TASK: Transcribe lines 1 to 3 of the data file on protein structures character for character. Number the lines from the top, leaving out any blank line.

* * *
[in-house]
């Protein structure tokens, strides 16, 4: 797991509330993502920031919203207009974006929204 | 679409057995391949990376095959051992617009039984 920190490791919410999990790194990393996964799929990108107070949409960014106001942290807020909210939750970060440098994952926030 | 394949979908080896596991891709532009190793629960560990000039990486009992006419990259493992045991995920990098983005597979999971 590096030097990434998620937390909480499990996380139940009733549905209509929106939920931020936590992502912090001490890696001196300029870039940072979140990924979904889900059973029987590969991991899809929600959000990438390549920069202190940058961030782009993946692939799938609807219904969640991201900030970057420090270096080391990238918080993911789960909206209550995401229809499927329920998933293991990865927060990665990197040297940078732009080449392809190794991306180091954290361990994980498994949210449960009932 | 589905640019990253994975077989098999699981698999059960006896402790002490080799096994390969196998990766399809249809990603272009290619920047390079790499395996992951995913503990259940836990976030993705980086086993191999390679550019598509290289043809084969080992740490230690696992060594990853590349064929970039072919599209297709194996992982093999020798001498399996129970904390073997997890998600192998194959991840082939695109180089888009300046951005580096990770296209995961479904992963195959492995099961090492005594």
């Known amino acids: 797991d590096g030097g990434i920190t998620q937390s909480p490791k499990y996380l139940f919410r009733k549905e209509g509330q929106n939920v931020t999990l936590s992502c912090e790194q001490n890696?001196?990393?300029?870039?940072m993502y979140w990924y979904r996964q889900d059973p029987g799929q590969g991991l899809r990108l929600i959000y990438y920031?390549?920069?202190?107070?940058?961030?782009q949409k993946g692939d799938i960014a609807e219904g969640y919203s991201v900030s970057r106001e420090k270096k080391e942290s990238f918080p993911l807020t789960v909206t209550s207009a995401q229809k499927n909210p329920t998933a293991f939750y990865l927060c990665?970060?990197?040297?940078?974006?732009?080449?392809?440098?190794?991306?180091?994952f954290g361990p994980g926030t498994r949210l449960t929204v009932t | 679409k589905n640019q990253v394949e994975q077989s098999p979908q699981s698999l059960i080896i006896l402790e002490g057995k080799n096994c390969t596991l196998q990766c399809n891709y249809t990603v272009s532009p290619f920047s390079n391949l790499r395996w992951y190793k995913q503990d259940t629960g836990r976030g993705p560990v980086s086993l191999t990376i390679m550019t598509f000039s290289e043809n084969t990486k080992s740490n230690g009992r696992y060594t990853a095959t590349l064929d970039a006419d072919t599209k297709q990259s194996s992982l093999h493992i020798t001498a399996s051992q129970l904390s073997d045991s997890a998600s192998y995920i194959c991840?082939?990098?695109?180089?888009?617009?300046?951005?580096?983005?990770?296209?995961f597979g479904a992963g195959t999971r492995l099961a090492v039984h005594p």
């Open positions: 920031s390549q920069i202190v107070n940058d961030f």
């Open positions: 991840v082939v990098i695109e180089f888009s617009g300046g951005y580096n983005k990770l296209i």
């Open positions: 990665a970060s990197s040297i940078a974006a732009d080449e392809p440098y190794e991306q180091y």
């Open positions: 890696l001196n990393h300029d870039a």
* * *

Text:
[in-house]
């Protein structure tokens, strides 16, 4: 797991509330993502920031919203207009974006929204 | 679409057995391949990376095959051992617009039984 920190490791919410999990790194990393996964799929990108107070949409960014106001942290807020909210939750970060440098994952926030 | 394949979908080896596991891709532009190793629960560990000039990486009992006419990259493992045991995920990098983005597979999971 590096030097990434998620937390909480499990996380139940009733549905209509929106939920931020936590992502912090001490890696001196300029870039940072979140990924979904889900059973029987590969991991899809929600959000990438390549920069202190940058961030782009993946692939799938609807219904969640991201900030970057420090270096080391990238918080993911789960909206209550995401229809499927329920998933293991990865927060990665990197040297940078732009080449392809190794991306180091954290361990994980498994949210449960009932 | 589905640019990253994975077989098999699981698999059960006896402790002490080799096994390969196998990766399809249809990603272009290619920047390079790499395996992951995913503990259940836990976030993705980086086993191999390679550019598509290289043809084969080992740490230690696992060594990853590349064929970039072919599209297709194996992982093999020798001498399996129970904390073997997890998600192998194959991840082939695109180089888009300046951005580096990770296209995961479904992963195959492995099961090492005594």
């Known amino acids: 797991d590096g030097g990434i920190t998620q937390s909480p490791k499990y996380l139940f919410r009733k549905e209509g509330q929106n939920v931020t999990l936590s992502c912090e790194q001490n890696?001196?990393?300029?870039?940072m993502y979140w990924y979904r996964q889900d059973p029987g799929q590969g991991l899809r990108l929600i959000y990438y920031?390549?920069?202190?107070?940058?961030?782009q949409k993946g692939d799938i960014a609807e219904g969640y919203s991201v900030s970057r106001e420090k270096k080391e942290s990238f918080p993911l807020t789960v909206t209550s207009a995401q229809k499927n909210p329920t998933a293991f939750y990865l927060c990665?970060?990197?040297?940078?974006?732009?080449?392809?440098?190794?991306?180091?994952f954290g361990p994980g926030t498994r949210l449960t929204v009932t | 679409k589905n640019q990253v394949e994975q077989s098999p979908q699981s698999l059960i080896i006896l402790e002490g057995k080799n096994c390969t596991l196998q990766c399809n891709y249809t990603v272009s532009p290619f920047s390079n391949l790499r395996w992951y190793k995913q503990d259940t629960g836990r976030g993705p560990v980086s086993l191999t990376i390679m550019t598509f000039s290289e043809n084969t990486k080992s740490n230690g009992r696992y060594t990853a095959t590349l064929d970039a006419d072919t599209k297709q990259s194996s992982l093999h493992i020798t001498a399996s051992q129970l904390s073997d045991s997890a998600s192998y995920i194959c991840?082939?990098?695109?180089?888009?617009?300046?951005?580096?983005?990770?296209?995961f597979g479904a992963g195959t999971r492995l099961a090492v039984h005594p």